1972 Lancia Fulvia 1.3S Coupe
Sometimes finding good cars takes forever. You have to beat the bushes, send a thousand text messages, make a hundred phone calls, and comb through endless want ads in multiple languages. Invariably, you end up wasting an inordinate amount of time, and often even take trains to far off places, only to find the car you traveled so far to see is not up to snuff. It's tougher work than it seems, and inordinately time consuming.
Other times, however, great cars just seem to fall into your lap somehow.
Bill was recently here in Spain, touring the peninsula with his lovely wife, sightseeing, hanging out here in Javea with Altamira and I, and occasionally scouring the countryside for interesting cars and trucks. While passing through Barcelona, he stopped in to see a colleague of ours, a man named Javier who brokers classic cars, although typically vintage Ferraris, Aston Martins, pre-war Alfa Romeos and the like. Pretty heady stuff.
“Something has come up,” Javier told Bill. “Something out of the ordinary. A man contacted me about a car that we don't normally deal with. A Lancia Fulvia. I would have told him no, but it's, well… kind of a nice story. I thought you might be interested.” Javier is a very smart man, so Bill called me immediately.
“Hey, uhhh… I know we just bought a Fulvia from the Canary Islands, but I'd like to buy another one,” he said. “It's a really good car.”
“Okay,” I replied. “What's the deal?”
“We'd be buying it from the original owner. An Italian. He bought it new in Milan and kept it there its whole life. Same owner. Same address. It only has 90k kilometers on it, and looks like it. It's pretty amazing.”
“Wow.” I said, getting excited. “I'm in. So we're going to have two Fulvia coupes on the same boat?”
“It worked for Noah.”
“AN ENGINEERING TOUR DE FORCE.”
With it's narrow angle DOHC V4 engine and front wheel drive, the Lancia Fulvia was something a little different when it arrived at the Geneva Motor Show in 1963. If not necessarily for Lancia, at least for the rest of the motoring world. The initial sedan (“Berlina”) model was a bit of a combination of the front-wheel-drive technology found in the Flavia and the V4 technology found in the Appia, but the Fulvia was an entirely new vehicle and shared almost no parts with either earlier model. The mashup worked. Quite well, actually.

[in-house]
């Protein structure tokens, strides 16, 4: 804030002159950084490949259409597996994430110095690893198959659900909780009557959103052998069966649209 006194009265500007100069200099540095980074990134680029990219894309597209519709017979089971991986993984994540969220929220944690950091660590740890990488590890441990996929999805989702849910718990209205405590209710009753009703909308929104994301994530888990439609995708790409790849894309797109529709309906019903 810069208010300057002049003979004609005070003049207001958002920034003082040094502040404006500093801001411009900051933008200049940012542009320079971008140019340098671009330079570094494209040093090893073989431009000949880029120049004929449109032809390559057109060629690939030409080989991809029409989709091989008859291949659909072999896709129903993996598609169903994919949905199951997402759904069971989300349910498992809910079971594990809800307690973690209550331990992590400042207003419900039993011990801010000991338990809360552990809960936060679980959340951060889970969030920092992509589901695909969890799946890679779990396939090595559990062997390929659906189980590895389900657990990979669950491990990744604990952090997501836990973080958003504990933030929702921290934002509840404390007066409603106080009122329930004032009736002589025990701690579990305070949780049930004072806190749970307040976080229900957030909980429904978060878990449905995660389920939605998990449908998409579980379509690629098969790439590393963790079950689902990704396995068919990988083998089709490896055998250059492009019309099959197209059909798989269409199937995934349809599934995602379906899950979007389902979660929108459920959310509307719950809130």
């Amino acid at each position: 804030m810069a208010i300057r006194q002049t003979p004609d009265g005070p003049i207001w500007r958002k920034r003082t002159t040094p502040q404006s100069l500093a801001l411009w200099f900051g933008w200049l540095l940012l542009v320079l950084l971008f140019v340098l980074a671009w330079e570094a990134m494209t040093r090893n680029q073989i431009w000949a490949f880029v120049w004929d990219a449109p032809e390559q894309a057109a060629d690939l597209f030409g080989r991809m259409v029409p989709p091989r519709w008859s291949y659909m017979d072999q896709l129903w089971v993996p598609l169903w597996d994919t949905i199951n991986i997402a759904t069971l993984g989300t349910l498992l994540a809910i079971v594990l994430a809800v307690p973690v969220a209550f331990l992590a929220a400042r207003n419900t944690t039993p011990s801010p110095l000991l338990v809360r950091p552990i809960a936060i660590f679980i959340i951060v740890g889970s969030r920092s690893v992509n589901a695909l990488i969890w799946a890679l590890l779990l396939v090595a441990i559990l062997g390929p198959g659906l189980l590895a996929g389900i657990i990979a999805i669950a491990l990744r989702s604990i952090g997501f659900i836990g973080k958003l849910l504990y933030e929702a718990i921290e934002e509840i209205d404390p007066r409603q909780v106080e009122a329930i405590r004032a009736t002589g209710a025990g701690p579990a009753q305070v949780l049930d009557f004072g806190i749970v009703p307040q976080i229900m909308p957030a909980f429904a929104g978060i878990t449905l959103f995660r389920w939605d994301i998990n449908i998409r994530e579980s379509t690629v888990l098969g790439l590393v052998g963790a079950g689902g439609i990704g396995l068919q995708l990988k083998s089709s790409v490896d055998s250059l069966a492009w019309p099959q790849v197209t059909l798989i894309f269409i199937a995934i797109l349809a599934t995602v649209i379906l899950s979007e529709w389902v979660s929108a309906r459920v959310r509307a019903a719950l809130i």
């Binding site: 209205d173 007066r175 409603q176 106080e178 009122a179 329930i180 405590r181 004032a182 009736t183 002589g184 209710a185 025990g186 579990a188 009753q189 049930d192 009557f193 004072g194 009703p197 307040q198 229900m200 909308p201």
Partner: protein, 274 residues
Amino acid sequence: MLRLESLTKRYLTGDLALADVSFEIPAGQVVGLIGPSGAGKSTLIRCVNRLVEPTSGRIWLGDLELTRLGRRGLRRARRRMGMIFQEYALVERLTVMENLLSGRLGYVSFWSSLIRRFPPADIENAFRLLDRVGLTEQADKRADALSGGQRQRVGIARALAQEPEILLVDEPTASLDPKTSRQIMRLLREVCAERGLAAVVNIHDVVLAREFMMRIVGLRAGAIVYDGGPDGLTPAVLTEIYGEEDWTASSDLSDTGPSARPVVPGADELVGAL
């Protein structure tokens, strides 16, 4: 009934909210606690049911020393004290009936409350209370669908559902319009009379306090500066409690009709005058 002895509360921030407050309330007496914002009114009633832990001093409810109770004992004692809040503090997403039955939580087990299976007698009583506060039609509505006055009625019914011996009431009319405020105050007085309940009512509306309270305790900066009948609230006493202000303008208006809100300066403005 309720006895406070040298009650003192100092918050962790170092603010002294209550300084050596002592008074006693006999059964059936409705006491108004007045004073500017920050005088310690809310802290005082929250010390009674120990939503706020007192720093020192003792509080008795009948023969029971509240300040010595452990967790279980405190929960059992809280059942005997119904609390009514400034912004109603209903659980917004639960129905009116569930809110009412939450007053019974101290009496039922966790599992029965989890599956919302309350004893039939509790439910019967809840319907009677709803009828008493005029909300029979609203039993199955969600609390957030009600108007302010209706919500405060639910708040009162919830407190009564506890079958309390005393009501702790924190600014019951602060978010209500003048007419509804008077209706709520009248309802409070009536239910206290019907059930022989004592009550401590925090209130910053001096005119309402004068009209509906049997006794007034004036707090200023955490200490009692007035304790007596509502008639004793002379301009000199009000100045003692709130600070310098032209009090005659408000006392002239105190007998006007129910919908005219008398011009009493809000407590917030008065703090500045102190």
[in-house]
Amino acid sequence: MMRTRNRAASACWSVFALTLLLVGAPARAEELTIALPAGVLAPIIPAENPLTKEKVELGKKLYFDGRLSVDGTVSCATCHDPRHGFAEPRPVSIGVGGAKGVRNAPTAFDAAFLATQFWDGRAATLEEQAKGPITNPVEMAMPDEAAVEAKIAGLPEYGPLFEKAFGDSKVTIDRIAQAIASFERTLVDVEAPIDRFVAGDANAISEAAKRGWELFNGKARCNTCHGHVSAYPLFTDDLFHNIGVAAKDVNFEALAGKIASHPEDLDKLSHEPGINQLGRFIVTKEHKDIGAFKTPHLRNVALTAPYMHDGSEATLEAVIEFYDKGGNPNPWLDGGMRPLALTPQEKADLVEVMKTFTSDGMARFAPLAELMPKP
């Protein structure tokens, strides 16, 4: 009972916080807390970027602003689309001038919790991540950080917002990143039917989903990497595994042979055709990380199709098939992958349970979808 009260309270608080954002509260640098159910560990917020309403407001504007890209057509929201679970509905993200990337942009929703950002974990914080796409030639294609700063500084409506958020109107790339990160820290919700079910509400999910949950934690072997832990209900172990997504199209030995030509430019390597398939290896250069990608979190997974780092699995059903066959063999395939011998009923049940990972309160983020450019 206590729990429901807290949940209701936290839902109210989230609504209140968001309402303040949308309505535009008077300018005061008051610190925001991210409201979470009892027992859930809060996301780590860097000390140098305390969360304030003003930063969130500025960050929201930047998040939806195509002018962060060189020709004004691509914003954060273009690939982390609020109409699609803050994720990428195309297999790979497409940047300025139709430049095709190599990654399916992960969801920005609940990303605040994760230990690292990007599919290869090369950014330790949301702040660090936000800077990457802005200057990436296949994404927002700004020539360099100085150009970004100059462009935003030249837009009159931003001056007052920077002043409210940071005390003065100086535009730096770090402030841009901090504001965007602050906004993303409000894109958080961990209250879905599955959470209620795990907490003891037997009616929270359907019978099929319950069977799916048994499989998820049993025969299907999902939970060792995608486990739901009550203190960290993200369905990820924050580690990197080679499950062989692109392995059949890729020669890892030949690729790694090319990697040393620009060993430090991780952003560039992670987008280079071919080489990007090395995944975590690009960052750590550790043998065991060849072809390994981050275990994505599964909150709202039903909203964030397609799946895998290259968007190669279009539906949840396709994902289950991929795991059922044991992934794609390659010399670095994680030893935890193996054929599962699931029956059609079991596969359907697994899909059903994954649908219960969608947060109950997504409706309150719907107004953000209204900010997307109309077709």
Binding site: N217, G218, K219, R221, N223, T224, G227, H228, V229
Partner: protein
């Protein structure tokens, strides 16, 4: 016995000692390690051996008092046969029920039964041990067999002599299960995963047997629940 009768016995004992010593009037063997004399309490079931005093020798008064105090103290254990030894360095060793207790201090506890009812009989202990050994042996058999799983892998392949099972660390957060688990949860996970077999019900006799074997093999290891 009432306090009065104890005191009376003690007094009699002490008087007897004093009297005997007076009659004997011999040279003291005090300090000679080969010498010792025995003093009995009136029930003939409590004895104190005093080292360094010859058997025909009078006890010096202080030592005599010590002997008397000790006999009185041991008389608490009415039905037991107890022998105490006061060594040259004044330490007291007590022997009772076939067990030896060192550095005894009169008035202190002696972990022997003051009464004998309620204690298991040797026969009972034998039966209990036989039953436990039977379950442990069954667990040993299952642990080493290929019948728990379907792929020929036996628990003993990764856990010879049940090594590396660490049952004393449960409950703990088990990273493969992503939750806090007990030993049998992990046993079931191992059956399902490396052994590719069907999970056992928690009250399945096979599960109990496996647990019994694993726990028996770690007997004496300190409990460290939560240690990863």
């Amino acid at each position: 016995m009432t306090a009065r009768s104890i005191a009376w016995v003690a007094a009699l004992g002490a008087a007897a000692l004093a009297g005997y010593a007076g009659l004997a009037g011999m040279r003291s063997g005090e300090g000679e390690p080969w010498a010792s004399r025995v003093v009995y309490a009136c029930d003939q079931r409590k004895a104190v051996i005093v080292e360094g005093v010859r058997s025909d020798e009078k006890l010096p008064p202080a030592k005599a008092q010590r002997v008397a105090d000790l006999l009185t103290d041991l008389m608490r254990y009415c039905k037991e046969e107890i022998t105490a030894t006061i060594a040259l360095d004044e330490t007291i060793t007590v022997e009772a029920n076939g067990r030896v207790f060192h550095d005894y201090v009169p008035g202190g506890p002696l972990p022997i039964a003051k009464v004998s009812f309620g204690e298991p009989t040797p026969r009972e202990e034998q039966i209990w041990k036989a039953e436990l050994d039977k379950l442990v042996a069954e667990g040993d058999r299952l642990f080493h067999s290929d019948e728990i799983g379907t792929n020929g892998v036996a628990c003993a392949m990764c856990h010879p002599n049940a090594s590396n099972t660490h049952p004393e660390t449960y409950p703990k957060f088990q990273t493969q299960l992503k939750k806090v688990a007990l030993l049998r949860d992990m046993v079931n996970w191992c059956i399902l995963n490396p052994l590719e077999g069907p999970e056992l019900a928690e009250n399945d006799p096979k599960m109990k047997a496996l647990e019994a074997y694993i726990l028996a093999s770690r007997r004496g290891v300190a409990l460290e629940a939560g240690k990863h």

But it was in 1965 when the Coupe arrived that things really started to get interesting. With in-house styling by Piero Castagnero that was both compact and stylish, the launch of the coupe began a period of rally and competition success that would cement the Fulvia's place in motoring history. After absorbing the HF Squadra Corse and making it Lancia's in-house racing division under the control of Cesare Fiorio, Lancia gave the Fulvia coupe its debut at the Tour de Course in 1965, and there was no looking back. Fulvias won the Italian Rally Championship every year from 1965 to 1973, the International Rally Championship in 1972, and turned in many notable performances in the meantime, including Sandro Munari's victory in the legendary Monte Carlo Rally, where he beat a more powerful Porsche 911S by almost eleven minutes.
Throughout the late 1960's and early 1970's, the Fulvia coupe continued to be a sought after road car, making up for its relative lack of power with sparkling handling, exceptional build quality and remarkable refinement. Road & Track magazine, after testing the Fulvia Coupe in 1967, proclaimed it “a precision motorcar,” and “an engineering tour de force.”
The car offered here is a Series II model, which was introduced in 1969 with revised bodywork, better brakes, an improved 5-speed transmission and other evolutionary changes. It has covered less than 58,000 miles from new, in the care of only one faithful owner, and has spent its entire life in and around Milan, Italy. It has been recently serviced and is ready to use and enjoy as a Fulvia should be, a wonderful motorcar that would be welcome at a wide variety of vintage events throughout North America and abroad.
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